World News

Militants Kill 24 Egyptian Police in Sinai Attack

TEXT SIZE - +
The bodies of 24 Egyptian policemen ambushed and killed by suspected Islamist militants in the Sinai were given a hero's welcome Monday in Cairo.

Several television channels showed pictures of their flag-draped coffins carried by honor guards.

Hours before the Sinai ambush early Monday, police near Cairo killed 36 Islamist prisoners who allegedly tried to escape from custody. Egyptian officials say the prisoners were suffocated by tear gas.

The U.S. State Department is condemning all acts of violence in Egypt, but calls the prisoner deaths "suspicious." Spokeswoman Jen Psaki also said the U.S. believes all sides must be involved in moving Egypt forward.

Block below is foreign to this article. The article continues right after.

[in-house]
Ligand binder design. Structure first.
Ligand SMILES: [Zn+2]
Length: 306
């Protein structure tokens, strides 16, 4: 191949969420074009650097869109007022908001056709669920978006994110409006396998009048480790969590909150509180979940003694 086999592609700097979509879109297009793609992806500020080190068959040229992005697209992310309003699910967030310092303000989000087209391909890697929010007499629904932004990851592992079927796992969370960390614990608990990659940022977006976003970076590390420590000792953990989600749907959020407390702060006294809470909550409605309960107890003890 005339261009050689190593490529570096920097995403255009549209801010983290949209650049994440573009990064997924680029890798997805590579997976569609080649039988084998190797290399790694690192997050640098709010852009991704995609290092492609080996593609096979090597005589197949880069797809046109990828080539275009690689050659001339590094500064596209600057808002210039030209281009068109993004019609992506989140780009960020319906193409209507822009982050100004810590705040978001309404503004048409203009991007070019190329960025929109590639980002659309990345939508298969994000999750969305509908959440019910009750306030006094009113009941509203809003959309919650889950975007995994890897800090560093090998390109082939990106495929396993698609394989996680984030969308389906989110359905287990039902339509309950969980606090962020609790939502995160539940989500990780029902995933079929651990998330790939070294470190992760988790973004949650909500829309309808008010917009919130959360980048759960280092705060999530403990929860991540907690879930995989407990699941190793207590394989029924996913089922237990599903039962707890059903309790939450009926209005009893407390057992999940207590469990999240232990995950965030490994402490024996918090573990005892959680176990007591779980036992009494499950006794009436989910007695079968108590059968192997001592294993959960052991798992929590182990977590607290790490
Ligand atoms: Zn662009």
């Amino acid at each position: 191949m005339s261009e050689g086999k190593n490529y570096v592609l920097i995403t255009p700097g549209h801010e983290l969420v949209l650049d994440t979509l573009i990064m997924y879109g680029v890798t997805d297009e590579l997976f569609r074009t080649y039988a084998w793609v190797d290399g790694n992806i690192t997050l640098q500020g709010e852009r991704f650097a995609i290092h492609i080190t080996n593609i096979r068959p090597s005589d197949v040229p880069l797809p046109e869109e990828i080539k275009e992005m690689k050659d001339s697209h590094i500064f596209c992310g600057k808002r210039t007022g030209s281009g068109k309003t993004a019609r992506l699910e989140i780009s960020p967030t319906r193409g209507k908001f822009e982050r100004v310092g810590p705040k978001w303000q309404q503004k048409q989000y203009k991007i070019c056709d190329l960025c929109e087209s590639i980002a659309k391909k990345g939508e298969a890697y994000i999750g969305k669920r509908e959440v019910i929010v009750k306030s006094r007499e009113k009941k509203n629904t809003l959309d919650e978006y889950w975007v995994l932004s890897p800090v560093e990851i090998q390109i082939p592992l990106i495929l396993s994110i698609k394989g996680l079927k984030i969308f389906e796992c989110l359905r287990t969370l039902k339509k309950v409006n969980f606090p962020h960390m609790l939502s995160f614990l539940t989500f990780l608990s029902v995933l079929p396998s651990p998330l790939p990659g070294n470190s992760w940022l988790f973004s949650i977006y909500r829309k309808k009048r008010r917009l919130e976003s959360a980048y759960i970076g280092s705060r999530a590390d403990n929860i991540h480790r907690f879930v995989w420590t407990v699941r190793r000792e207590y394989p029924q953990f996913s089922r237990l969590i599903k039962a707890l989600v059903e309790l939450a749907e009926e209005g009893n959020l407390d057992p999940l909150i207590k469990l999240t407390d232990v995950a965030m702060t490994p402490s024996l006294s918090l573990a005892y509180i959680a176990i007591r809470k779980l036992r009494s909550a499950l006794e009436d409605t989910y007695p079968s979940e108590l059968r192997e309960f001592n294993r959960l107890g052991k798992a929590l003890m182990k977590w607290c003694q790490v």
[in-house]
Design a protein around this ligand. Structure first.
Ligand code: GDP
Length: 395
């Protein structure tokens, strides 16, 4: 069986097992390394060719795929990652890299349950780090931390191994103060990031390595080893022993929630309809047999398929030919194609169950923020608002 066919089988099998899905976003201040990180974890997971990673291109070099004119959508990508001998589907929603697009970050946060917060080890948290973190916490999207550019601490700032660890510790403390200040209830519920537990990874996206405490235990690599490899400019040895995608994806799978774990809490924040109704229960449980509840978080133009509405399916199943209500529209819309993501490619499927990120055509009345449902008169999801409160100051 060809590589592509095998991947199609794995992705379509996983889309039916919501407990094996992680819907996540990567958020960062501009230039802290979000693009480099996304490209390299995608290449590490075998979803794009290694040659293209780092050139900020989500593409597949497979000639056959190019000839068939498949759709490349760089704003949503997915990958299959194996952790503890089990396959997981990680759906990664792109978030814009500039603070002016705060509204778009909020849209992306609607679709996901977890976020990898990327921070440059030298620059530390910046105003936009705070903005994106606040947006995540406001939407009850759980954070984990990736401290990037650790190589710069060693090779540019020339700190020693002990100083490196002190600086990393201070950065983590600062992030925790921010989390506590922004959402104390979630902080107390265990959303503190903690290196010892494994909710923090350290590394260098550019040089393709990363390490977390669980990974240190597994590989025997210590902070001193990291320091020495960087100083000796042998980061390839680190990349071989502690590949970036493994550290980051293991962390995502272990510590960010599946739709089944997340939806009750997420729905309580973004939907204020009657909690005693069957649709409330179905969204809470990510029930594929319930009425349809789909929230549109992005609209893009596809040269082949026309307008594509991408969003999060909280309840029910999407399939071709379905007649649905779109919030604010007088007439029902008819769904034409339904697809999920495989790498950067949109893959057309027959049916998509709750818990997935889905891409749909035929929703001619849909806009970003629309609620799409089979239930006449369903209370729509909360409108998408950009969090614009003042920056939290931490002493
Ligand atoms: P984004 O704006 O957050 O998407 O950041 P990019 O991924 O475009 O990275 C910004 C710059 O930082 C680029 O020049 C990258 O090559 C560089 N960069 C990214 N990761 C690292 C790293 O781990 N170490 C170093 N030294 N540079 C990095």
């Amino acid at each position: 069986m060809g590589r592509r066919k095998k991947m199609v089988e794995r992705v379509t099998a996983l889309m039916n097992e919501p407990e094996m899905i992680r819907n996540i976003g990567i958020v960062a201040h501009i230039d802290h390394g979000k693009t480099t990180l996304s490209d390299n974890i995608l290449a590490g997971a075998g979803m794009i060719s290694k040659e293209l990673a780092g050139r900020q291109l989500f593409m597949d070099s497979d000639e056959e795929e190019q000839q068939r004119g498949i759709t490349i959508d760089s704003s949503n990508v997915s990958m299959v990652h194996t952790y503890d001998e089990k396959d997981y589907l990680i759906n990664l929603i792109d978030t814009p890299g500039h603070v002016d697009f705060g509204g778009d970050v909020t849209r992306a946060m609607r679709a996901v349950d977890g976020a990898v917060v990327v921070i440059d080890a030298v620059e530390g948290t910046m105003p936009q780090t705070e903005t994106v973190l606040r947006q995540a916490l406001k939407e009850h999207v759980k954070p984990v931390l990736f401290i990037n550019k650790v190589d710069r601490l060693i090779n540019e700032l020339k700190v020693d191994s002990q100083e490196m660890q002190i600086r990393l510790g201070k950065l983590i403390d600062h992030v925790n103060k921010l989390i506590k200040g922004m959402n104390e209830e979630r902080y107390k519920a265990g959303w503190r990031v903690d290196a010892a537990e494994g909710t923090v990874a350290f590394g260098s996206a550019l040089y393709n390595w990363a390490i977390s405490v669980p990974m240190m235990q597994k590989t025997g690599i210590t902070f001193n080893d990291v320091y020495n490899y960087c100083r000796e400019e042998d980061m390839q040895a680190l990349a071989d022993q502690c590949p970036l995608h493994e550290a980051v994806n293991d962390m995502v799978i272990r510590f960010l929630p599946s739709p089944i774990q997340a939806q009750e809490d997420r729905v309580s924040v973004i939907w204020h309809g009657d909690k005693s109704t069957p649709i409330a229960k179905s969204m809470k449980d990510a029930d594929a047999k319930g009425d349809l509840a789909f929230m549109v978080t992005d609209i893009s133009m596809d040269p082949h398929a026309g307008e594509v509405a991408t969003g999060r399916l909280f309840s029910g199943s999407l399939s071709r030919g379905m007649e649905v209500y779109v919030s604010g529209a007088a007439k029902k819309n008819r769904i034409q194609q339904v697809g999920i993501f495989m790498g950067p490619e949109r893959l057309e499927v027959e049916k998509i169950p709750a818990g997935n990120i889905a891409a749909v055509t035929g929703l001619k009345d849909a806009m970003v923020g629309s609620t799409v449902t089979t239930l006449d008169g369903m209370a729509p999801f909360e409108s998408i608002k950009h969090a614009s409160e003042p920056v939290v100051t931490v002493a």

The official death toll since the military overthrew President Mohamed Morsi on July 3 exceeds 1,000. The pro-Morsi Muslim Brotherhood puts it much higher.



Also Monday, a lawyer for former Egyptian president Hosni Mubarak said his client will soon be released. Fareed el-Deeb said a court has cleared Mr. Mubarak of charges that he and his sons stole public money for presidential palaces. Judicial sources have not confirmed the claim.

The 85-year-old Mr. Mubarak still faces a retrial on charges he failed to stop the killing of protesters during the popular revolt that swept him from power in 2011.

Feature Story

Pope Francis bows his heads and closes his eyes during the Via Crucis (Way of the Cross) torchlight procession in Rome, April 18, 2014.

Pope's Good Friday Service Underscores Plight of Suffering

Pope Francis, in run-up to second Easter of his pontificate, presides at traditional 'Via Crucis' (Way of the Cross) service around ancient Colosseum in Rome More